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D-Shaped Fiber

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(joined July 2014)
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Dears,

Is it possible to simulate a D-shaped fiber with Optiwave?

Best regards,

Juliana

Responses (14):

    • #14226
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      Juliana Carvalho
      Participant

      Dears,

      Is it possible to simulate a D-shaped fiber with Optiwave?

      Best regards,

      Juliana

    • #14235
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      Damian Marek
      Participant

      Hi Juliana,

      If you are looking at the modes of such a fiber then yes OptiMode (which comes with either OptiFDTD or OptiBPM) can solve for arbitrary geometries.

      Depending on if you would to perform some different simulation bending, coupling etc. that would determine whether OptiFDTD or OptiBPM would be better suited for the job.

      Regards

      +1
    • #17327
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      Juliana Carvalho
      Participant

      Dear,

      Do you have any example about D-Shaped fiber design, that I could see? I don’t know how to design this because the layers are concentrics.

      Thanks again.

      Best regards,

      Juliana.

    • #17336
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      Damian Marek
      Participant

      Hello,

      I could make one pretty easily. Do you have an article or diagram of the fiber, just so I have a pertinent example.

      Damian

      • #17340
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        Juliana Carvalho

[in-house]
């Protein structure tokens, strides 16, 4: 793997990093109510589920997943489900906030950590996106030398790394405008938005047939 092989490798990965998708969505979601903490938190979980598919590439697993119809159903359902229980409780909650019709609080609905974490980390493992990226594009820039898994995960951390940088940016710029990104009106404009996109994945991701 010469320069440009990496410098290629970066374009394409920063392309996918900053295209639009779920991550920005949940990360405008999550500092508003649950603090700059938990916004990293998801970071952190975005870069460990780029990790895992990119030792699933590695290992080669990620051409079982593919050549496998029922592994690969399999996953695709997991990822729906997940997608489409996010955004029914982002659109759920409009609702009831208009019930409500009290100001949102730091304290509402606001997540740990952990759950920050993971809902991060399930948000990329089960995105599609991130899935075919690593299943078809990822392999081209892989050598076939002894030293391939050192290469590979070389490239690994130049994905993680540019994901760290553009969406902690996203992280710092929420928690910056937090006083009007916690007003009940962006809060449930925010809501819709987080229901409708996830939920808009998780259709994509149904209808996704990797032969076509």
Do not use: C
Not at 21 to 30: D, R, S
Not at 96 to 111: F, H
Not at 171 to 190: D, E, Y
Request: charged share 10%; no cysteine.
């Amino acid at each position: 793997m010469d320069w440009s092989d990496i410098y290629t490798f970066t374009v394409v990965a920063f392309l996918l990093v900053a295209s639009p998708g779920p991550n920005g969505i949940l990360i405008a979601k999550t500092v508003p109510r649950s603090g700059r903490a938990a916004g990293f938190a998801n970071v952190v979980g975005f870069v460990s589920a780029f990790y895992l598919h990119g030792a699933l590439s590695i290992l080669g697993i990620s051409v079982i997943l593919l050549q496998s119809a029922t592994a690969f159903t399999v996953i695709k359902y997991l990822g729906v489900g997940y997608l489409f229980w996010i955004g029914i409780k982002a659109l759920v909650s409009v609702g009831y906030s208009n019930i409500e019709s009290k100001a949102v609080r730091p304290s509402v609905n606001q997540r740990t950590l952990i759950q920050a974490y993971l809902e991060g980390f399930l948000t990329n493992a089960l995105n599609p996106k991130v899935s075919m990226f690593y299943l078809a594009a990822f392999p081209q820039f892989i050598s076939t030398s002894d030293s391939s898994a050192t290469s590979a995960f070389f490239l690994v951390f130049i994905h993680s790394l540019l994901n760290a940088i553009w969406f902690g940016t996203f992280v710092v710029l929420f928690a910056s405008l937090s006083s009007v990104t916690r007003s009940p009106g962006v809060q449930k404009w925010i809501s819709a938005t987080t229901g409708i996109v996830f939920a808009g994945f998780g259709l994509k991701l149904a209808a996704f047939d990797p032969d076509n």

Participant

        Dear Damian,

        It is attached a figure that is an example about what I want to do.
        Thanks very much!

        Juliana

        Attachments:
        • #17353
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          Damian Marek
          Participant

          Hi Juliana,

          I made a template for a D Shaped Fiber in the attached OptiMode file. You can modify the existing geometry or refractive indices to more accurately portray your project.

          Regards

    • #17377
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      Juliana Carvalho
      Participant

      Dear Damian,

      Thank you very much!!! But, I can’t open the file because I don’t have the new software version. Please, could you send me with the 11 version?

      Thanks again!!!

      Best regards,

      Juliana.

    • #17379
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      Damian Marek
      Participant

      Hi Juliana,

      Unfortunately I don’t have access to older versions of the software. It should not be too hard to build using circular profiles and two rectangle profiles thought. Let me know if you run into any problems.

      Regards,
      Damian

    • #17479
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      Juliana Carvalho
      Participant

      Hi Damian,

      I tried to develope the same project and fortunately I get the software idea. So, I have now other doubts:
      Is it possible evaluate the power signal propagation (in any lenght, like 1m, for example) in Optimode design?
      In design profile, in channel option have an option to insert “width” value (fx). But, when I changes this value, I didn’t saw any modification in the design. What is the meaning of this parameter?
      I have a lot of others doubts, but, in this moment, please, I need to know these to continuos with my work.